AMS/SMT Indianapolis 2010 Post-Conference Survey

This year’s post-conference survey was sent to about 1,500 AMS members following the Annual Meeting. We received 785 responses, so the results have little statistical reliability. Nonetheless, they reveal a number of interesting points for consideration.

Demographics. Age: 49% of respondents are 40 or younger. Gender: 51.2% female, 47.1% male. Residence: 89.7% of respondents are from the U.S., 5.1% from Canada, and 2.6% from the U.K. or Ireland. Prior meetings: 12.4% said it was their first meeting; for those who had been to earlier AMS meetings, 38.2% had been to ten or more; 25.6% had been to four to nine; and 22.7% had been to one, two, or three meetings. Employment: 51% of attendees are employed full-time at educational institutions; 32.5% are students; 5.1% are retired; 3.6% are fully employed but not by an educational institution. See details of statistics and demographics.

Responses to the question about having nine simultaneous sessions were mixed. Over 16% did not respond; 48% said “it was about right”; 13% said even more would be acceptable; and 22% preferred fewer. Respondents were lukewarm regarding poster sessions; only 11% said they would be interested in submitting a poster session proposal. 25% did not answer the question.

Many helpful suggestions were given in the comments fields of the survey. They sometimes conflicted with each other, as is to be expected. Some will be forwarded to appropriate people for consideration. Here follows a summary.

Forty-two comments from those attending committees were received. Five requested better communication regarding the committee meeting; four requested a meeting time change from 7 a.m.

Seventy-one comments on study groups were received. Many were specific to sessions, and complimented organizers for good work (LGBTQ and Music and Philosophy received the highest praise). Eleven commented negatively regarding the quality of research presented. Eight commented negatively on the 8–11 p.m. time slot.

The survey invited those participating as presenters or session chairs to comment on session timing and logistics. Most (91%) were satisfied with the 45-minute blocks. Only two of 183 respondents expressed interest in 45-minute papers and a longer time-block. 13% expressed interest in 30-minute blocks. 38% indicated satisfaction with three-hour sessions; 26% were amenable to two-hour sessions or a combination of the two. (The remainder did not respond to the question.) See all comments.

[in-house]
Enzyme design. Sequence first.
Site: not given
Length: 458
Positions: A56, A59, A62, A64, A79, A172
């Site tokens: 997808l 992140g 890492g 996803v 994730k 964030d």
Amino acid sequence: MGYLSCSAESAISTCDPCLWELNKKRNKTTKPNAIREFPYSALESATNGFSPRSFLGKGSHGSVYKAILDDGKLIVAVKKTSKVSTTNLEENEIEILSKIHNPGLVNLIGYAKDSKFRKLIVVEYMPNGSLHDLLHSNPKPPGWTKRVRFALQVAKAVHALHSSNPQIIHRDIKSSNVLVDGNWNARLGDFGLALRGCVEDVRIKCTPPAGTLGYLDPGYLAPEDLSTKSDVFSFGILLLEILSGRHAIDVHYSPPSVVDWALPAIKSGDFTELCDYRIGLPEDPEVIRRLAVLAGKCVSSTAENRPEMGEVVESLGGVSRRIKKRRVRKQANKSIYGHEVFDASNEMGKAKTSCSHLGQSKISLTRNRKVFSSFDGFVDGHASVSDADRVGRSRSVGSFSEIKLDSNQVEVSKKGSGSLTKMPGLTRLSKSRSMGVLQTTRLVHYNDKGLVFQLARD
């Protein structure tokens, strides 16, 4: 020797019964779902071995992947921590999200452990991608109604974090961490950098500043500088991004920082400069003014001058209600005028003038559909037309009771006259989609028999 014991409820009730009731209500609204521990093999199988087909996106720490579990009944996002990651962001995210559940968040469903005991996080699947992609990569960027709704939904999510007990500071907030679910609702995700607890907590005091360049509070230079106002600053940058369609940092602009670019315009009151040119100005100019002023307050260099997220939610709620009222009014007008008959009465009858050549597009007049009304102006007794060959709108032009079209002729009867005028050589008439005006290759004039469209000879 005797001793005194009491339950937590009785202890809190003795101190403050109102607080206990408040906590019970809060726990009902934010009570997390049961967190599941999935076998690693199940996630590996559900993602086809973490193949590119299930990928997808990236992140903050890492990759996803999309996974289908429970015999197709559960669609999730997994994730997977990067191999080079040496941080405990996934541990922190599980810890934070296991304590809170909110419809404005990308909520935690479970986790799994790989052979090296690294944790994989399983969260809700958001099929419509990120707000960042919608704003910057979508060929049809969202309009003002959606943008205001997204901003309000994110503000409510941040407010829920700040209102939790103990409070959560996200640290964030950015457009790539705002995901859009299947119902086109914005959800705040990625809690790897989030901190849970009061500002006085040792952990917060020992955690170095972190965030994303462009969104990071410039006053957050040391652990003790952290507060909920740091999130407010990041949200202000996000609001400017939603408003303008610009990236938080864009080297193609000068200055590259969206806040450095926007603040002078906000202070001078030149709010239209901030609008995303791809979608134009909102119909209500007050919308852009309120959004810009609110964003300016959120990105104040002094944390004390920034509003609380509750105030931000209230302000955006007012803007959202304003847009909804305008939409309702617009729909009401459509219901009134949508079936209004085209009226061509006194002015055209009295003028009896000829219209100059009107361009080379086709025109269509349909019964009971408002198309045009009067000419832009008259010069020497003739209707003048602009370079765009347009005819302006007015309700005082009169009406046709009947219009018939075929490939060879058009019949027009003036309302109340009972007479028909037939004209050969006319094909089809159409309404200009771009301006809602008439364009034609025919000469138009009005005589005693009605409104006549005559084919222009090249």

Most respondents said that the room size was acceptable (71%); equal numbers responded “too small” (14%) and “too large” (14%). Many reported the problem of sound bleed from adjacent rooms; 22% reported problems with AV.

204 respondents had suggestions regarding holding “green” meetings. No one thought the flyers and promotional brochures given to attendees were useful; on the contrary, dozens of respondents suggested doing away with them. Pros and cons on the tote bags were roughly equal. Some commenters were unaware of the recycling taking place already; many encouraged recycling, posting handouts online, electronic (“AMS ‘iPhone app’”) conference materials, and conscientious selection of hotels. A few commenters thought the concept “silly,” or pointed to the environmental impact of air travel.

133 respondents commented regarding our effort at making the meeting more accessible for those with disabilities. Thirty-three were positive and encouraged continued work in this area. Eleven were unaware that any special effort had been made. Thirty-two expressed comments about handouts or displaying examples via projector; a number were concerned with balancing the efforts required to make accommodations with the relatively small number of participants needing them (e.g. handout enlargements or reserved seats that were not used). Two drew attention to the needs of those who have special dietary requirements.

304 general comments were received. Ninety-seven offered favorable or complimentary suggestions. The most persistent concern (heard from forty-six respondents) concerned the problem of moving between two hotels; fifteen expressed concern over the high cost of attending the meeting; fourteen pointed out the sound bleed problem. A wide variety of helpful, and sometimes unusual, suggestions were made. The Committee on the Annual Meeting and the Board of Directors will take responses into consideration for future meetings. (Change is sometimes slow, since meeting venues are already booked through 2014.) The Committee on Communications will also consider how to continue the conversation regarding the best ways to move forward with the Society’s Annual Meeting. It is clearly one of our most important activities, and we wish to make it as effective and valuable as possible for members. Thanks are due to those who helped by completing the survey.

The following PDF files contain all the information garnered from the survey.

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